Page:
Why Use Positive Words
By using positive language, you can prime your brain for positivity. Words do matter and when you choose the positive language (and hear it), it makes you feel positive. It makes you feel better emotionally and mentally, which will, of course, have a positive impact on your physical health as well.
So, What’s In A Word? Let’s Take A Look!
For example, a phrase like “why not?” Doesn’t seem inherently negative, does it? No, it’s not negative per-say, but imagine replacing it with “sounds great!” Sounds great is a far more positive response to a request or invitation than “why not,” isn’t it?
When you run into an old friend or catch up over text or email and have to respond to “how are things?” The response of “can’t complain” isn’t perceived as negative, but it isn’t positive either. A much more positive response would be “everything is well, thanks! “When you say you can’t complain, the brain is going into overdrive with its negative bias.
Even small phrases like “I‘m so tired” is more negative versus “I should rest.” How is this possible? The idea of rest is providing a solution to a problem which is a more positive way to phrase your need.
At home, there are a lot of frustrating things to deal with especially if you’re a parent. But, if you have children, it’s even more important that you get a grip on negative language before it rubs off on the kids.
For example, parents often have to say “don’t play with the ball inside!” I know it’s a phrase I heard frequently throughout my childhood. A more positive way to phrase this request/demand is to “please go outside if you want to play ball.”
Instead of directing your child with don’t, choose to phrase it as I like it when. Of course, this is something you can use with adults, too. It’s more likely to get the desired action and a positive outcome.
Instead of telling someone how you much have missed them, tell them how great it is to see them. Instead of just saying no to a child’s request, explain why you’re saying no before you reject it.
Your Work Environment
Now, let’s shift gears and look at your work environment. It’s so easy to slip into negative language at work. Let’s take care of some of the biggest negative words or phrases we use at work.
Focus on what you can do to help people expect positive results. If you miss something don’t say “I forgot,” say you will “set a reminder.” Rather than saying a project deadline will be not counted due to late submissions, request that everyone turns in their work by [deadline]. The first sentence sets it up for failure. The second sentence is the solution. The people who are running behind will lose motivation and feel as though they can miss the deadline because you already said they’re going to.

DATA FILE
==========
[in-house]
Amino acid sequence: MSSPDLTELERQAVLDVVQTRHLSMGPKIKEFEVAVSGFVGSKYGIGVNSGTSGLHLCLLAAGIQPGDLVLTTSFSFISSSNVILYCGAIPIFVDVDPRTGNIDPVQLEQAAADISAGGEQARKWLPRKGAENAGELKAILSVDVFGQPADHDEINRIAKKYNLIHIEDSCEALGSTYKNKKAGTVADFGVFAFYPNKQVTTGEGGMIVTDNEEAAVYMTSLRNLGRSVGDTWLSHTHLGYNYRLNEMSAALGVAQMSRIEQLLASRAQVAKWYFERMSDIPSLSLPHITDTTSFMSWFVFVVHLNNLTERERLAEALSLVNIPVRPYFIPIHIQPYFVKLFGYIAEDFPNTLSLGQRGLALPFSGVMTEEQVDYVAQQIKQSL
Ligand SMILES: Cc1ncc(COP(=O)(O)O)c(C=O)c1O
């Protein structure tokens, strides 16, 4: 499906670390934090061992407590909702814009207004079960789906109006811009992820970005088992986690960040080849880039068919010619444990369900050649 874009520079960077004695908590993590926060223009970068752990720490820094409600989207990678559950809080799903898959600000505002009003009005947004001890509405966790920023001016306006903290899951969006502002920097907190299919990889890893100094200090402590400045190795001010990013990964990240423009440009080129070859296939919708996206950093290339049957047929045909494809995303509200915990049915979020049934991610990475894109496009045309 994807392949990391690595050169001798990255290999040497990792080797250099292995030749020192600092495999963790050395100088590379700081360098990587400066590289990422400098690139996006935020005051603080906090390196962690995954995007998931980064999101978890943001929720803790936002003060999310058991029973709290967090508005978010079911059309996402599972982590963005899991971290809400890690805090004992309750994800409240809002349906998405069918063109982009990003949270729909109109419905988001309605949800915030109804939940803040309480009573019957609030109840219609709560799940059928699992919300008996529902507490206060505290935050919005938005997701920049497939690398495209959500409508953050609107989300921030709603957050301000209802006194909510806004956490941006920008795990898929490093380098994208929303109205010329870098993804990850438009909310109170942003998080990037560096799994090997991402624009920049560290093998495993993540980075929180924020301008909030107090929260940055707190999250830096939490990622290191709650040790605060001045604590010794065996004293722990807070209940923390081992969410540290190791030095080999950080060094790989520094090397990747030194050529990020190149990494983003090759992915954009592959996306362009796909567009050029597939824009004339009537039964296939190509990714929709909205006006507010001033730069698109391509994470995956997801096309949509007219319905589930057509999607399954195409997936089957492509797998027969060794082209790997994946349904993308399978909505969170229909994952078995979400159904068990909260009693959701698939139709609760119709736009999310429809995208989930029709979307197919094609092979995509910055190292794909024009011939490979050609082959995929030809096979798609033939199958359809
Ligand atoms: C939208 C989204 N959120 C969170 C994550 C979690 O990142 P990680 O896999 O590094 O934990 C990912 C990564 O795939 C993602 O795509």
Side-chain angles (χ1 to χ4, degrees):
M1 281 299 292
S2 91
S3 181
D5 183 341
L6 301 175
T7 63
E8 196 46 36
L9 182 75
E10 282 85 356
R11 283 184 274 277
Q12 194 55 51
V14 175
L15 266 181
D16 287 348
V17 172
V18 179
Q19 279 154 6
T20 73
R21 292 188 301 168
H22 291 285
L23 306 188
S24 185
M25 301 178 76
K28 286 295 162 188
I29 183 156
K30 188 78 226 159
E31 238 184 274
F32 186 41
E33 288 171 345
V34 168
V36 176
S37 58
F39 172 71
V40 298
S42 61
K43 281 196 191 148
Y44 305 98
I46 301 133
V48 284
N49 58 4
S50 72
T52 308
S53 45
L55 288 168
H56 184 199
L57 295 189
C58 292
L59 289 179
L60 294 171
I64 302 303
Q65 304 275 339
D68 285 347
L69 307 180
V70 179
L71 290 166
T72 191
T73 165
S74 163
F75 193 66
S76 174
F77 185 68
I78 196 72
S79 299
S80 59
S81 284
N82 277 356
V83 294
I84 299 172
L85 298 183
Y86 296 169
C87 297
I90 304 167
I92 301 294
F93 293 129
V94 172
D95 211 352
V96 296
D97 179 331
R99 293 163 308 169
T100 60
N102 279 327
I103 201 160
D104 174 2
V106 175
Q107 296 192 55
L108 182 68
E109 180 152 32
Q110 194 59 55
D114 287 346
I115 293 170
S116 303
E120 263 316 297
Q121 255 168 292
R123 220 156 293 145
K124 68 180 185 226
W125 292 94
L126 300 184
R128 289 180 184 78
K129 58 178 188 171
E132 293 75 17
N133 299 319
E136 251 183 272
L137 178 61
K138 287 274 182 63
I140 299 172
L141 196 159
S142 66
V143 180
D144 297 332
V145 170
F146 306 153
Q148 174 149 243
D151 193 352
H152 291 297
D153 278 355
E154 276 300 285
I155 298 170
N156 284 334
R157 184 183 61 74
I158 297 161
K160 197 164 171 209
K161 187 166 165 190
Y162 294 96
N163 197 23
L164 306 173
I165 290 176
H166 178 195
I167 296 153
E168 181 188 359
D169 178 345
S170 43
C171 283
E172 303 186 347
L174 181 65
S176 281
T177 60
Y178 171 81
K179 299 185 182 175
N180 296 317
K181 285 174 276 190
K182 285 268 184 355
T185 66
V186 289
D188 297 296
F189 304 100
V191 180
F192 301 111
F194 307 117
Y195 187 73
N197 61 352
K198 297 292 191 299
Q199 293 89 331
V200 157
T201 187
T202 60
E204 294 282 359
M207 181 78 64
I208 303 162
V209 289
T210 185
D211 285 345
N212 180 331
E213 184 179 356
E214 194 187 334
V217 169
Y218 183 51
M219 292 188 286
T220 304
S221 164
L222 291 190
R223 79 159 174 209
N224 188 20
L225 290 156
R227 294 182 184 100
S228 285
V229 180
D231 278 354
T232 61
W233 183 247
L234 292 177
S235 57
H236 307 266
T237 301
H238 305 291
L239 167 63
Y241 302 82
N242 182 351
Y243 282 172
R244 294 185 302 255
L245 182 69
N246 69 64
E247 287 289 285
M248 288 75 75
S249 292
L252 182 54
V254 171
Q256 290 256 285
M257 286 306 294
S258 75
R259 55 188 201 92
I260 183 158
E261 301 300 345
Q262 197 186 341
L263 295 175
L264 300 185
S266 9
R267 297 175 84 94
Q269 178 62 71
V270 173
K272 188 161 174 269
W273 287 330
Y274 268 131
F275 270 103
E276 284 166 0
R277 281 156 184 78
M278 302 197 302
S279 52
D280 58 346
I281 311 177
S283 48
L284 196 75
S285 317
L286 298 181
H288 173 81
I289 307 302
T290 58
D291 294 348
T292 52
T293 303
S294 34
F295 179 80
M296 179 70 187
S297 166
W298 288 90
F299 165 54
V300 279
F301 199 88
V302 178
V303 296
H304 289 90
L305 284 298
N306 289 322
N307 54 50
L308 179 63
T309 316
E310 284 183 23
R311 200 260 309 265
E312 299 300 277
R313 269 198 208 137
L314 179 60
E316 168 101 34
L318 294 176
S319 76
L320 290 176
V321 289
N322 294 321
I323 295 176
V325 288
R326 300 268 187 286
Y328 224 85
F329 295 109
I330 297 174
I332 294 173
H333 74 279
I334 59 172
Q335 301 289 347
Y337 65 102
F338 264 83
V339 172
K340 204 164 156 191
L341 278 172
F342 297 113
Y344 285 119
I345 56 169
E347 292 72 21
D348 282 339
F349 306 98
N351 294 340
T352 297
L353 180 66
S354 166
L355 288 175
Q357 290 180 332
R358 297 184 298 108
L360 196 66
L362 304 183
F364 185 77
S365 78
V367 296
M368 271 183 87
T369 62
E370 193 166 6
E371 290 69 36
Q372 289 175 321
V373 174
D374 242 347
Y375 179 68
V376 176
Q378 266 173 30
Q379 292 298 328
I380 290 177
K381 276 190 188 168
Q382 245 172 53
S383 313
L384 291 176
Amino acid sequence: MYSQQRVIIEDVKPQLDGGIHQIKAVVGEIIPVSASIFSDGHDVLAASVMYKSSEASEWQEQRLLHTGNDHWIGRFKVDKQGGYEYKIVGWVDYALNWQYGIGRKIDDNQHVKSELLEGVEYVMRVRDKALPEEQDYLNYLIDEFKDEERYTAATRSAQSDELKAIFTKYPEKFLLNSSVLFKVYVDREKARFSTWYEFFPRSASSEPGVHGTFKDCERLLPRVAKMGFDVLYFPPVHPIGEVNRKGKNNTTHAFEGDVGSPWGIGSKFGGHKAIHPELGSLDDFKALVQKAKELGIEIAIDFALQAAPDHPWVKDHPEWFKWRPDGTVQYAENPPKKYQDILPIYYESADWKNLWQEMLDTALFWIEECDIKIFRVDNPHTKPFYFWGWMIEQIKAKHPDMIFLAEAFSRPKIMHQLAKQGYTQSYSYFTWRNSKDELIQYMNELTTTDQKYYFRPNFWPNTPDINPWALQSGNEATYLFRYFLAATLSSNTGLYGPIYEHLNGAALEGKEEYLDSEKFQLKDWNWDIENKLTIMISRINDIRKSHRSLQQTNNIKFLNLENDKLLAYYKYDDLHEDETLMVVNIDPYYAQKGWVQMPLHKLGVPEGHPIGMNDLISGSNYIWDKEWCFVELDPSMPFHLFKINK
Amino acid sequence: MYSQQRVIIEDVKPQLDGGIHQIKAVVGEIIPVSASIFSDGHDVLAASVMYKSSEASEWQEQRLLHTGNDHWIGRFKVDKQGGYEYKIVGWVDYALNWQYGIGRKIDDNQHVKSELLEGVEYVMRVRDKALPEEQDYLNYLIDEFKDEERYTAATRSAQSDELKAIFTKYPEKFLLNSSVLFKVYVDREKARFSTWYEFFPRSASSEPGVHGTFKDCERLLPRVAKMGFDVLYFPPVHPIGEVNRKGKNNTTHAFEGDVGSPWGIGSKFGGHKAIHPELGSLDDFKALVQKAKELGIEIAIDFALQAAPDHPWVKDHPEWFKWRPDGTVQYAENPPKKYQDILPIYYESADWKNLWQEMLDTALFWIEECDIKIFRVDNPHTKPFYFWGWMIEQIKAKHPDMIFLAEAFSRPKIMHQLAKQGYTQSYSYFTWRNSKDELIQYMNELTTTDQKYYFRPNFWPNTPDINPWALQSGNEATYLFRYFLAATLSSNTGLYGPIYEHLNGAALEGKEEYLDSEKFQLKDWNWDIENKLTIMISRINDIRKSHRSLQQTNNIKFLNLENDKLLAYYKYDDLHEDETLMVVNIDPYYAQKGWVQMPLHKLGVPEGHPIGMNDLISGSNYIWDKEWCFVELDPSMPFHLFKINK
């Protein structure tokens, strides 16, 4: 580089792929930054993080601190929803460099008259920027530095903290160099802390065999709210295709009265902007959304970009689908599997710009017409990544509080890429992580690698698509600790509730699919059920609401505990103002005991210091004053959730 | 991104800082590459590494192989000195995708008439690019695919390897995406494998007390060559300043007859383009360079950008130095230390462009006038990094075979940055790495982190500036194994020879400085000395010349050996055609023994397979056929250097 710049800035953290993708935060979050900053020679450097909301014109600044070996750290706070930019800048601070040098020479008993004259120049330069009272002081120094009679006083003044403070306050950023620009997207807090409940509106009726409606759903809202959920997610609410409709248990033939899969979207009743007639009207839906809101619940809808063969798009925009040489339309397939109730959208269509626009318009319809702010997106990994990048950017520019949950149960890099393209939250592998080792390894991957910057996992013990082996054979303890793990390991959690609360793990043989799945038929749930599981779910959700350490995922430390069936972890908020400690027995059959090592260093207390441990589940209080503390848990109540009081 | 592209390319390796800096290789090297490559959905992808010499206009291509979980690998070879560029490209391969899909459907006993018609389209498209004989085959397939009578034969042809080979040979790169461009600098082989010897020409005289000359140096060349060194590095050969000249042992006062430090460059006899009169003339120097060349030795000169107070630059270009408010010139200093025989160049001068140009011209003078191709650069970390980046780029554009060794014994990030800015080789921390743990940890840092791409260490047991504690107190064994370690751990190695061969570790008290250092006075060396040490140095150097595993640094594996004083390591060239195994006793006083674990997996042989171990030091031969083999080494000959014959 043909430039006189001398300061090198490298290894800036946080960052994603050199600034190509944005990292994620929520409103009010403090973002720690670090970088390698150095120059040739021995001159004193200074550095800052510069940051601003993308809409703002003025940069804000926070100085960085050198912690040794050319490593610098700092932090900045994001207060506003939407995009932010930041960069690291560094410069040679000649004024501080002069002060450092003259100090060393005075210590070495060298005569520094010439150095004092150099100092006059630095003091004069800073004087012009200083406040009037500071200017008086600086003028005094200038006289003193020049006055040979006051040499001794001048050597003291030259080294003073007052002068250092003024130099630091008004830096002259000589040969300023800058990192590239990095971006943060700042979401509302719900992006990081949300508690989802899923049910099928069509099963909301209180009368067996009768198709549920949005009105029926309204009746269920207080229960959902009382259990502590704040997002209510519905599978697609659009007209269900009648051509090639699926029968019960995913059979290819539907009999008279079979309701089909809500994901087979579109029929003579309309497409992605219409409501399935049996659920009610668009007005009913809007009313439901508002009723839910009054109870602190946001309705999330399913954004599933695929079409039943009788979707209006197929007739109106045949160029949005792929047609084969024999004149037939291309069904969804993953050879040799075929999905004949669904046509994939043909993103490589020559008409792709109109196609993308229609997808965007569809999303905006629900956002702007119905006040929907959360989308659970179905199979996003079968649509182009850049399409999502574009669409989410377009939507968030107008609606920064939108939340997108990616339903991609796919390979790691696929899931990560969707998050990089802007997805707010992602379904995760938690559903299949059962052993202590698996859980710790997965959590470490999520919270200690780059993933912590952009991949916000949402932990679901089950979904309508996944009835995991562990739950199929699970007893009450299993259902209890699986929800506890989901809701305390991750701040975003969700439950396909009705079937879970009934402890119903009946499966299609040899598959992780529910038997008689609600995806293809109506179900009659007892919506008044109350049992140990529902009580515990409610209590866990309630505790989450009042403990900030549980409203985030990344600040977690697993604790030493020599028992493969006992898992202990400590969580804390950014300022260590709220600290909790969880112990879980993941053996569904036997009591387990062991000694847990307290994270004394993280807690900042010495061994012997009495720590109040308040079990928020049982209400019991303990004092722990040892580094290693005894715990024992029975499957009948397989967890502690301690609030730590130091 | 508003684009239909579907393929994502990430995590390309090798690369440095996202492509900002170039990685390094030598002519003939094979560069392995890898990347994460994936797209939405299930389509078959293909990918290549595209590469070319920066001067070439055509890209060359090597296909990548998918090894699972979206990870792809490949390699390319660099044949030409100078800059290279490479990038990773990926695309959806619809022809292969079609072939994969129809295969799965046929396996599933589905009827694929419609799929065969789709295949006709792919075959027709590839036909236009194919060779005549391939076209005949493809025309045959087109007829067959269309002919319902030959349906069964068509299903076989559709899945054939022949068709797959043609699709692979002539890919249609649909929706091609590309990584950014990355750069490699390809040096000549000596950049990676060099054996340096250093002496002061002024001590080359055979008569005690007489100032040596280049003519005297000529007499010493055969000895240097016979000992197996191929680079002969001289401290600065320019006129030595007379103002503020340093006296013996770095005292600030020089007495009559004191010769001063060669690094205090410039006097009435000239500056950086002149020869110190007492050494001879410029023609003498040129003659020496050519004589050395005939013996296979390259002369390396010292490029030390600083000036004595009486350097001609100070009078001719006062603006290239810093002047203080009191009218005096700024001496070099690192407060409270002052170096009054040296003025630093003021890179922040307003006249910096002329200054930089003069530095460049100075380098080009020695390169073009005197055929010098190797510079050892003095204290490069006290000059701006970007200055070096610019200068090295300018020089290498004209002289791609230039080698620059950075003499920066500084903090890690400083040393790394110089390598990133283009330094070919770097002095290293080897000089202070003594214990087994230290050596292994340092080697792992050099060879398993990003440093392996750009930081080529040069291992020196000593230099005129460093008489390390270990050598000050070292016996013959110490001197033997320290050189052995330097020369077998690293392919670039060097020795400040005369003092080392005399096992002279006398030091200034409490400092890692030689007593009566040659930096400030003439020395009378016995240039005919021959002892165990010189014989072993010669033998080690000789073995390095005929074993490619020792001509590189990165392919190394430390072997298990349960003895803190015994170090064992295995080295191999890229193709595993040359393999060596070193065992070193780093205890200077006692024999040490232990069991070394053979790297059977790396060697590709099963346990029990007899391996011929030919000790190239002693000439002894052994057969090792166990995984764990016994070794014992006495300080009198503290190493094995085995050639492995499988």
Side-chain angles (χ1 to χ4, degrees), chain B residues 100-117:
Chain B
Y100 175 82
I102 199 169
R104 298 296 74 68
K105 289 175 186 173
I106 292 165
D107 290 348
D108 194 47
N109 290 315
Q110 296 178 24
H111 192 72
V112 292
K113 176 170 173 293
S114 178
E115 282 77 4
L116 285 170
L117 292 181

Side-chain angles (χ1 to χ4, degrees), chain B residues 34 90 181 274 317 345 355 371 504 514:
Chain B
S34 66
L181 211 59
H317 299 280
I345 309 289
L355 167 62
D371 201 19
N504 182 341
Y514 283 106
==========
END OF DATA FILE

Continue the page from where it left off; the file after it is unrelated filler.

Also, when using our email conversations, it’s a great opportunity to practice using positive language. You can proofread and edit before clicking send! Avoid words like “problems“, “unfortunately“, “impossible“, and revise those sentences.
Don’t use words like “constructive criticism“, flip the script, and call it “feedback”. It’s the exact same thing but hearing the word criticism (even if it’s constructive) sets someone up to be defensive. Feedback is a more positive word.
Turn Negative Into Positive
You can take negative situations and words and turn them into more positive situations and words. It’s something you can practice in writing to improve verbal conversations. It might take time, but it’s possible.
Why would you bother?
First of all, it’s going to improve your attitude and mindset. By using positive language, you are building a more positive outlook. Secondly, it’s going to improve how others perceive you and lead to greater outcomes.
I am Shirley Noah, an internationally known stress expert and entrepreneur. I would love to connect further with you to help you improve your health and wellbeing. If you are interested in learning more about a worry journal, please take a look at my popular eCourse Optimize Your Self-Talk